Bilateral Immunity Agreement

The agreements envisaged by the United States are not just about the execution of official operations. They apply to any variety of people who may, at any time, be in the territory of one of the parties for any purpose. This is why the Rome Statute does not allow these agreements and, by their respect, countries will violate their obligations to the Court of Justice under the Rome Statute. A: States that sign these agreements would violate their obligations under the Rome Statute, the Vienna Convention on Treaty Law and possibly their own extradition laws. In particular, states parties to the Rome Statute that sign these conventions violate Articles 27, 86, 87, 89 and 90 of the Statute, which require States to cooperate and support the Court. These States also violate Article 18 of the Rome Convention, which obliges them to refrain from any action that would annihilate the purpose and purpose of the statute. After all, many states will likely violate their own extradition laws if they sign such agreements, since states generally have far more power to authorize the extradition and extradition of persons than would be permitted by the bilateral immunity agreements proposed by the United States. On 16 April 2003, 27 countries reportedly signed bilateral US immunity agreements: Romania, Israel, East Timor, Marshall Islands, Tajikistan, Dominican Republic, Palau, Mauritania, Uzbekistan, Honduras, Afghanistan, Micronesia, Gambia, El Salvador, Sri Lanka, India, Nepal, Djibouti, Bahrain, Tuvalu, Georgia, Azerbaijan, Nauru, Democratic Republic of Congo, National legislation in many of these countries requires that the agreement be ratified by Parliament before becoming binding. Several countries, including members of the European Union, have conducted legal analyses of these agreements and concluded that the proposed agreements are contrary to international law.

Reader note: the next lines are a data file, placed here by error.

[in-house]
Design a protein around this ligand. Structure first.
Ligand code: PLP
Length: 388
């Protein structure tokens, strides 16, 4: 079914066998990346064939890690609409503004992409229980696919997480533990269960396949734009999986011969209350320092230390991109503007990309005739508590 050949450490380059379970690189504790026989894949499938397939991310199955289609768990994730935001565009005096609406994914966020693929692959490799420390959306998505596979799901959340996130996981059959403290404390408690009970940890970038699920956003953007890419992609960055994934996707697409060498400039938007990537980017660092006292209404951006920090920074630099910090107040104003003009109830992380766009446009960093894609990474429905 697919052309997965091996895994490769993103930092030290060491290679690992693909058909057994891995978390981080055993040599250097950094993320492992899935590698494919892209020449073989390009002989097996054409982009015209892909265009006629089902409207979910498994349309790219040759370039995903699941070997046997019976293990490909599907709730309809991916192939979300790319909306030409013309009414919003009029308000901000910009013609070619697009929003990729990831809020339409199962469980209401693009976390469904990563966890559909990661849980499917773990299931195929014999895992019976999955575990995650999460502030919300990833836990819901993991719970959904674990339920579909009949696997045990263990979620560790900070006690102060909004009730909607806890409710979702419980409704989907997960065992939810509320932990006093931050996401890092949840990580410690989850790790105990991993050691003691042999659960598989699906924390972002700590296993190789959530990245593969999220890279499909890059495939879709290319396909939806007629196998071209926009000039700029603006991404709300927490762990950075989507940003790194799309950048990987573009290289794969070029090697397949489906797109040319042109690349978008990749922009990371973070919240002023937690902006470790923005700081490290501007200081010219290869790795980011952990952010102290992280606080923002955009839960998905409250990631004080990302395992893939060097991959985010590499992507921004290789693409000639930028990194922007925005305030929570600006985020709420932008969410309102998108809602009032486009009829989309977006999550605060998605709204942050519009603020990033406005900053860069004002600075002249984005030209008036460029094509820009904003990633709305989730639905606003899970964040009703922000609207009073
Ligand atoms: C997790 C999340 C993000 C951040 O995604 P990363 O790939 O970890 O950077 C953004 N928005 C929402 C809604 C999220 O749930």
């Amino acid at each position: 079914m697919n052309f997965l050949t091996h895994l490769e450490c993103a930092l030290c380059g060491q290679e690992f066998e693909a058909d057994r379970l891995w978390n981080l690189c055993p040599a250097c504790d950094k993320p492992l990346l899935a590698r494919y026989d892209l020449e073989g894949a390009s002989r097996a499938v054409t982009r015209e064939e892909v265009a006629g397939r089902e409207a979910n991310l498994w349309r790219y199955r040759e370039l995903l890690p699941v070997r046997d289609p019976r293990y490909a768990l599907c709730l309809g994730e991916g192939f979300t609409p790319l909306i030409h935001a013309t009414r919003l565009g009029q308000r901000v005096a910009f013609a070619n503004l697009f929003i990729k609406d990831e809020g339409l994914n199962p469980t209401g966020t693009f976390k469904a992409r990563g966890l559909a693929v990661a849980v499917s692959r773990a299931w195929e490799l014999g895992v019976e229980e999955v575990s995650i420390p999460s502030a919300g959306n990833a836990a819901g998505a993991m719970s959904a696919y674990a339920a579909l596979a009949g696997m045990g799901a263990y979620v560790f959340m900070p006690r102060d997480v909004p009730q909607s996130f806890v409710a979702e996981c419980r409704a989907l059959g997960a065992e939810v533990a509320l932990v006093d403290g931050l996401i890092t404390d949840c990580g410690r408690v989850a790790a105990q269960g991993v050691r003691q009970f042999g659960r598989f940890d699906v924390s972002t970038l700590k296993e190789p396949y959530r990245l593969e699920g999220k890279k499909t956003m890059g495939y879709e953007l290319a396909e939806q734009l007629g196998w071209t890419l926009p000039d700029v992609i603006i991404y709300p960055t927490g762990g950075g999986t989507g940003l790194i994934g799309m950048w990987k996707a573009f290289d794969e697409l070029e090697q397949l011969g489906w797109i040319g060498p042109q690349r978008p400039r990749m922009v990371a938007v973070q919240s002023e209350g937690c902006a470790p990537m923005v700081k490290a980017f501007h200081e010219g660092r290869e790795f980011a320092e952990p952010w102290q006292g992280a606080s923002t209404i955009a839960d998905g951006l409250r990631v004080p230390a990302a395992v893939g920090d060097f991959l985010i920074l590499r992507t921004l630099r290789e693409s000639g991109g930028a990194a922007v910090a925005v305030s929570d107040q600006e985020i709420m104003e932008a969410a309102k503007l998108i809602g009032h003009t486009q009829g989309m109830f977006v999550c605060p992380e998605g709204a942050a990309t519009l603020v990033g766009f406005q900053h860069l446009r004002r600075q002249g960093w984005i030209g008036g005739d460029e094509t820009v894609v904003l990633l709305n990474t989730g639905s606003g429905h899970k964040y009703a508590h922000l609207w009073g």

A: Reports indicate that many countries around the world, including close allies of the U.S. government, those seeking to become NATO members, and those in the Middle East and South Asia, have been targeted and under extreme pressure to sign. John Bolton, U.S. Under-Secretary of State for Arms Control and International Security, said recently: “Based on Article 98 of the Rome Statute, we negotiate bilateral and legally binding agreements with individual contracting states to protect our citizens from being handed over to the Court. Our negotiators have had bilateral discussions with several EU countries. (and) several countries in the Middle East and South Asia. Our primary objective is to conclude agreements with every country in the world, in accordance with Article 98, whether they have signed or ratified the ICC, whether they intend to do so in the future. Since January 2019[update], 123 states have been members of the Court. [3] The other states that are not parties to the Rome Statute are India, Indonesia and China. [3] On 6 May 2002, the United States, in a position shared with Israel and Sudan, withdrew its signature and declared that it had no intention of ratifying the agreement.

[3] The Court cannot pursue an application for surrender that would require the required state to act in contradiction with its obligations under international agreements requiring the authorization of a sending state to surrender to the Court a person from that state, unless the Court may, in the first place, seek the cooperation of the sending state for the granting of consent to the surrender.

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